What Makes You Think Detroit's Consent Decree is Such a Smart Thing?
Flint, Benton Harbor, DPS and anywhere else these managers have landed.
I have no problem with the state working with the city to forge solutions to local problems. I think that’s critical. However, why boost these state appointees’ power to put the hammer down when the available evidence seems to say that they can’t hit the nail on the head? And why allow leaders to put the consent deal ahead of questions such as whether the state really does owe the city $220 million in revenue sharing?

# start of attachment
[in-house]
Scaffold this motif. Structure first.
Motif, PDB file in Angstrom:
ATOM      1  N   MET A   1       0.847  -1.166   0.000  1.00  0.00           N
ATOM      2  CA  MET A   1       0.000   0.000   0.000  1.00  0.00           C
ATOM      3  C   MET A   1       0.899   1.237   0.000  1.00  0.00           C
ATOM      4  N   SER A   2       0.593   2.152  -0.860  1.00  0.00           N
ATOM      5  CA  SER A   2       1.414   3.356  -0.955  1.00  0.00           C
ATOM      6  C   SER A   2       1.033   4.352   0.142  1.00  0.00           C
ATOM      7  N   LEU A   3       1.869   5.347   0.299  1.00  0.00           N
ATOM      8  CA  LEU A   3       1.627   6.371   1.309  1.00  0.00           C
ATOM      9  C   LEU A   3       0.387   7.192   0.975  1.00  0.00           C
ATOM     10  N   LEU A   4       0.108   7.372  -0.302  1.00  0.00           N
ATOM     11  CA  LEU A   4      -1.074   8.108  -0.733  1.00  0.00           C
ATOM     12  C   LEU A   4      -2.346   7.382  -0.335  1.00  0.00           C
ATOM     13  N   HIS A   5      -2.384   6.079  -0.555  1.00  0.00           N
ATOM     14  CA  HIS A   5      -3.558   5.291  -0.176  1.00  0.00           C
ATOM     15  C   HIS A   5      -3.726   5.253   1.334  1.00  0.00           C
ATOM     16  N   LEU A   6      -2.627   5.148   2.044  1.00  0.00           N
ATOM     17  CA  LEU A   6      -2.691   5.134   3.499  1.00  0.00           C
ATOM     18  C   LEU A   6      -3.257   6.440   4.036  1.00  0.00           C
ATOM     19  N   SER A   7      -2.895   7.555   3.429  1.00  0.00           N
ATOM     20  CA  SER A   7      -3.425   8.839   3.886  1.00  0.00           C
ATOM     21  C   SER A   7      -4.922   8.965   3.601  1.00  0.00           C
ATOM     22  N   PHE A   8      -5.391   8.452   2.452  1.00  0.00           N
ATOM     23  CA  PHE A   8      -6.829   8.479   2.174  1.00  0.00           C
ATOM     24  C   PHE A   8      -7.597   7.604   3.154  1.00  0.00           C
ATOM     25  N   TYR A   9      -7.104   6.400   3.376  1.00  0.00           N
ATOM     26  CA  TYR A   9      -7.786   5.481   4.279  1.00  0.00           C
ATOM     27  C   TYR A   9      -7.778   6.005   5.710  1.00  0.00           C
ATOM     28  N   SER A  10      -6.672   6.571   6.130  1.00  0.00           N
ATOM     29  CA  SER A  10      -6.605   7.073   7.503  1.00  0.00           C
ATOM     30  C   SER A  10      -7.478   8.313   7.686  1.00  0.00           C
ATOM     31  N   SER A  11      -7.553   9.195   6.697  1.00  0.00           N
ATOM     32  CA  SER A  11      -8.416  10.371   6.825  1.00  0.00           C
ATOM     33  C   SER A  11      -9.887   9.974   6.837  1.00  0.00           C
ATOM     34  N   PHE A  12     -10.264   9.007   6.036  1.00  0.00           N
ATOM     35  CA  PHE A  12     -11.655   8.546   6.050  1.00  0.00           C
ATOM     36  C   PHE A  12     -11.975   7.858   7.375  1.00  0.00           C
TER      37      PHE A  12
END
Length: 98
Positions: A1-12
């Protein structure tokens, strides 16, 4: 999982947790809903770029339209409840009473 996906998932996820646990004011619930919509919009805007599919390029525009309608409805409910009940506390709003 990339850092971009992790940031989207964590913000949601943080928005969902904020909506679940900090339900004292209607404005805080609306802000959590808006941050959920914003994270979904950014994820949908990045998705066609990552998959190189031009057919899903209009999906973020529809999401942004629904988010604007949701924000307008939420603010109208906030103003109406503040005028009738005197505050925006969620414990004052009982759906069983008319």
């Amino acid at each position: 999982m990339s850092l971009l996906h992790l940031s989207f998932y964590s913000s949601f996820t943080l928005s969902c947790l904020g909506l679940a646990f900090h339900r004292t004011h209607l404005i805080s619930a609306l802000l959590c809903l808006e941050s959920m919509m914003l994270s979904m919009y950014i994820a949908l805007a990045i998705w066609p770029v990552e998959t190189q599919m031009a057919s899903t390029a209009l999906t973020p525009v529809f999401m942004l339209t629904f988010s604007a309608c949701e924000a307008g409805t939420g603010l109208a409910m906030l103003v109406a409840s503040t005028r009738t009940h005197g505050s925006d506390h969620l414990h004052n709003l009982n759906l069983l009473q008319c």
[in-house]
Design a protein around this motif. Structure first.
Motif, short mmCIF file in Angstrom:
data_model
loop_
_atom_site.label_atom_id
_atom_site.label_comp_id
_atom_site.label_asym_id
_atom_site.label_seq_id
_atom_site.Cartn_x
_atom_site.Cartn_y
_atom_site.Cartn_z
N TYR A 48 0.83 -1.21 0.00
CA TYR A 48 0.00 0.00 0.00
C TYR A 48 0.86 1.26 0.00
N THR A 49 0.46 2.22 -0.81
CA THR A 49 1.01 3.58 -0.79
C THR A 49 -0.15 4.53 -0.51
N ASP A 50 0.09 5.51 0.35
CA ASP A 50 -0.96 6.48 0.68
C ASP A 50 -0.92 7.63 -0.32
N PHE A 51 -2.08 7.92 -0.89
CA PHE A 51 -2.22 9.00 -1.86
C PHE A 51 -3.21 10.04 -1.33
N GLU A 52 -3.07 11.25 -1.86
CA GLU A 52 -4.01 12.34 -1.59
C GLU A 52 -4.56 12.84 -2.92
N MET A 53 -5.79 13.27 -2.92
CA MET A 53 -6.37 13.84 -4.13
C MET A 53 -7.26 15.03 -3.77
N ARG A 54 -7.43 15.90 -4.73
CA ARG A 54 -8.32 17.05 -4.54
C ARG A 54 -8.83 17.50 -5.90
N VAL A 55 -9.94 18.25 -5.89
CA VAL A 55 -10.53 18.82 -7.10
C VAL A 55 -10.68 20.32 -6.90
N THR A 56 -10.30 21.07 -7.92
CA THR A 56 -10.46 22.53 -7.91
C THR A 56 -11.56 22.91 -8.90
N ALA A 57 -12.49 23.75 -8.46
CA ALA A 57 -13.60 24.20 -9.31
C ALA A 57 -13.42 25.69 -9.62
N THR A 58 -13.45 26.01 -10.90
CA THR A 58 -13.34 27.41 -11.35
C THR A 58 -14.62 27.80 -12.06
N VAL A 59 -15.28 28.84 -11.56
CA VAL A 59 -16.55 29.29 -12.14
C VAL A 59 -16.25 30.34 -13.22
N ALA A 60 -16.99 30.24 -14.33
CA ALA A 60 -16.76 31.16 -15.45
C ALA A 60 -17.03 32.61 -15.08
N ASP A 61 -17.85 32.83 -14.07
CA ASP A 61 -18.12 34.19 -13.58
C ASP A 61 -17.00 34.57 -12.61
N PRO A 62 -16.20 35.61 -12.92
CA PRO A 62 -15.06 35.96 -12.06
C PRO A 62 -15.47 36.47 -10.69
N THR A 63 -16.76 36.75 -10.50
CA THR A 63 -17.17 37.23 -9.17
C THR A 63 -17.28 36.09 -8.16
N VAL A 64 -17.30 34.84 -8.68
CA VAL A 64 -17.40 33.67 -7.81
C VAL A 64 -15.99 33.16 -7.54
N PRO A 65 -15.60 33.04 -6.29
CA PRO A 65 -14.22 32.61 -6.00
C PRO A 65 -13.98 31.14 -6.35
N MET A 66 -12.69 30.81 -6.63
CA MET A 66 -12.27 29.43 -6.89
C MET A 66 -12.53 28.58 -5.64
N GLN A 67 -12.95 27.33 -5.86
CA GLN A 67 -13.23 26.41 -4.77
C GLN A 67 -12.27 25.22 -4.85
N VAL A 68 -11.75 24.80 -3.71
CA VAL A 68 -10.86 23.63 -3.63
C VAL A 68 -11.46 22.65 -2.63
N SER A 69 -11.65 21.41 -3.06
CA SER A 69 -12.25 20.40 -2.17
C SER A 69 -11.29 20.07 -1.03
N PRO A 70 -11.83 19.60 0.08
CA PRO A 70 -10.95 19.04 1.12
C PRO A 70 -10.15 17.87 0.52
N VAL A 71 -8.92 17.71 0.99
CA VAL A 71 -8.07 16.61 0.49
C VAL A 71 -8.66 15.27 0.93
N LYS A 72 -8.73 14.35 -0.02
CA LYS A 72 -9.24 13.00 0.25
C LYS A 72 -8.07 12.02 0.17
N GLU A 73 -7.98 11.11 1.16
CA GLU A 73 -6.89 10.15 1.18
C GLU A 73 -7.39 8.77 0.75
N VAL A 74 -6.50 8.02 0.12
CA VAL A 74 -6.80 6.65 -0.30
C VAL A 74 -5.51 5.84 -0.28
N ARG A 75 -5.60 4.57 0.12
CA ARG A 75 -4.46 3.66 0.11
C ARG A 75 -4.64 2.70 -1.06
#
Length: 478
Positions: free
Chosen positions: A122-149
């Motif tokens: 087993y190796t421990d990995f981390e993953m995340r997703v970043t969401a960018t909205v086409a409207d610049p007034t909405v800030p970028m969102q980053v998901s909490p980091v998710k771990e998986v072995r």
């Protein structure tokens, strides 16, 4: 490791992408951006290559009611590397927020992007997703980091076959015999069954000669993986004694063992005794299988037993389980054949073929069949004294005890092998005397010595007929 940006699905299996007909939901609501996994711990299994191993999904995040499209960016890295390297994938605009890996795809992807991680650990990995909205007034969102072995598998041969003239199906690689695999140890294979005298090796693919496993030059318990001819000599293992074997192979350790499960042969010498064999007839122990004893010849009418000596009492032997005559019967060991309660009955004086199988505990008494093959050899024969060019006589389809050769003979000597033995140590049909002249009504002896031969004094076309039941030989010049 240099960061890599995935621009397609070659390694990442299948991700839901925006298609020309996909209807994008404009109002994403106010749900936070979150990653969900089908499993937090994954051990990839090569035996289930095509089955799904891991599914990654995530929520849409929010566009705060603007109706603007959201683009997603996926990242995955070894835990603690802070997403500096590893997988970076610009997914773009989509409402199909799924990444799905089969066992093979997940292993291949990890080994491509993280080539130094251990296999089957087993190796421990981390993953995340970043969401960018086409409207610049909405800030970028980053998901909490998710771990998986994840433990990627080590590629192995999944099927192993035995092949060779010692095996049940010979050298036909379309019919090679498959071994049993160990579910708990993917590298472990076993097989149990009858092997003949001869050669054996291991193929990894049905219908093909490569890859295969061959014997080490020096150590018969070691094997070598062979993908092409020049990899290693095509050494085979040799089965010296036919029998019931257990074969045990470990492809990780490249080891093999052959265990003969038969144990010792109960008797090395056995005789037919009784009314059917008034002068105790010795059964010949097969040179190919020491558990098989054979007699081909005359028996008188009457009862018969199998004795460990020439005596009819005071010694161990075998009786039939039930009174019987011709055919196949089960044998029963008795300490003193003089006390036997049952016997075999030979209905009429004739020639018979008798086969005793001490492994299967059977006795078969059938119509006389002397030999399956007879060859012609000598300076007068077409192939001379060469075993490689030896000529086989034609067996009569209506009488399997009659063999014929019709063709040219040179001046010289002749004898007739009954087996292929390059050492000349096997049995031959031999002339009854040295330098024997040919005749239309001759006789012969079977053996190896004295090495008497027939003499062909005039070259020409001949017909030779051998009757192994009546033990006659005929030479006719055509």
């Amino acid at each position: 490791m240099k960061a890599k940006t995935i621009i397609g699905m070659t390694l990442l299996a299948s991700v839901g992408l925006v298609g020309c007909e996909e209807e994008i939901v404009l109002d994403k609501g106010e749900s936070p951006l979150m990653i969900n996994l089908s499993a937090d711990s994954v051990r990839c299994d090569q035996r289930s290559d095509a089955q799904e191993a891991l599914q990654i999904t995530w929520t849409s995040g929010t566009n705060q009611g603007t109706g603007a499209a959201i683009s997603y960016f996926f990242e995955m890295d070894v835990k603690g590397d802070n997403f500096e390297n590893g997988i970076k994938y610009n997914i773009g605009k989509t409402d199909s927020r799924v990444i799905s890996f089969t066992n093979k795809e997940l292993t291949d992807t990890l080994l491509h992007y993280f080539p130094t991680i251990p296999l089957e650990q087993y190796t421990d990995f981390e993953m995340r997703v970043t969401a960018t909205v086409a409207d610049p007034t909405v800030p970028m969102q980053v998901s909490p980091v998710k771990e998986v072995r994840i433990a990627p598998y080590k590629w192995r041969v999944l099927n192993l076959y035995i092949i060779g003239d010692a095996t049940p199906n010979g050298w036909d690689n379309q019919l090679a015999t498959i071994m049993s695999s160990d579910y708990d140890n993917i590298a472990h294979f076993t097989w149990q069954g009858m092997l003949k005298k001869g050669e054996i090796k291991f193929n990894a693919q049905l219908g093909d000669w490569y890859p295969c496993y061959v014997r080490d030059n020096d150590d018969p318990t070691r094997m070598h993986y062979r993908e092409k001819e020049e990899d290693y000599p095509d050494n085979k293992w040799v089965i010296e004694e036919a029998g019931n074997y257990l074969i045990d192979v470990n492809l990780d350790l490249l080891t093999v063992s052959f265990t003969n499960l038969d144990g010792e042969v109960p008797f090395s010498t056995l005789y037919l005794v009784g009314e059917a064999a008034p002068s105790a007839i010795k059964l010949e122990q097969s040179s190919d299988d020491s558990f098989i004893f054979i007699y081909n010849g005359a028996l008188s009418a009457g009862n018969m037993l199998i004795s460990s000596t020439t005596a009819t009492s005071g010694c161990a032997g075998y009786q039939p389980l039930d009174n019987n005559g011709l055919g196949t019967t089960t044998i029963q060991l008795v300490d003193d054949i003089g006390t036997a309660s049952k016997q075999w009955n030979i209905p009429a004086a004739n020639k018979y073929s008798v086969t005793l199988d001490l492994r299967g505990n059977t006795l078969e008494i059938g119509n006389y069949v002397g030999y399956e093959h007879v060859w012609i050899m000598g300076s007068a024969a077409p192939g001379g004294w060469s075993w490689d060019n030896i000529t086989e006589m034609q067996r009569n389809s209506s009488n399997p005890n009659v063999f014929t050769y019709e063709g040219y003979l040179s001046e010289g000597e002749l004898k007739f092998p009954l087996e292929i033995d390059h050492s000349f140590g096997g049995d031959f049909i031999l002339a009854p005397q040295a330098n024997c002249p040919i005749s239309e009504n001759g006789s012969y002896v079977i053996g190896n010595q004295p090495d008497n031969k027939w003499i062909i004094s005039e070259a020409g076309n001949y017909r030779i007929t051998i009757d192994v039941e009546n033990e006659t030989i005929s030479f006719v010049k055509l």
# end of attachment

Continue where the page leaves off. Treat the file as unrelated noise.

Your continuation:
Why offer redundant and expensive appointees rather than talk about tax relief or, even better, strengthening the city’s ability to actually collect the taxes it’s owed?
City attorney Krystal Crittendon’s letter challenged the enforceability of the consent agreement—which, as Stephens criticizes, “lacks actual ‘consent,’ and is not really an ‘agreement.’” A court will rule soon enough on its legality.
The sensibility of the deal, though, may always be questionable.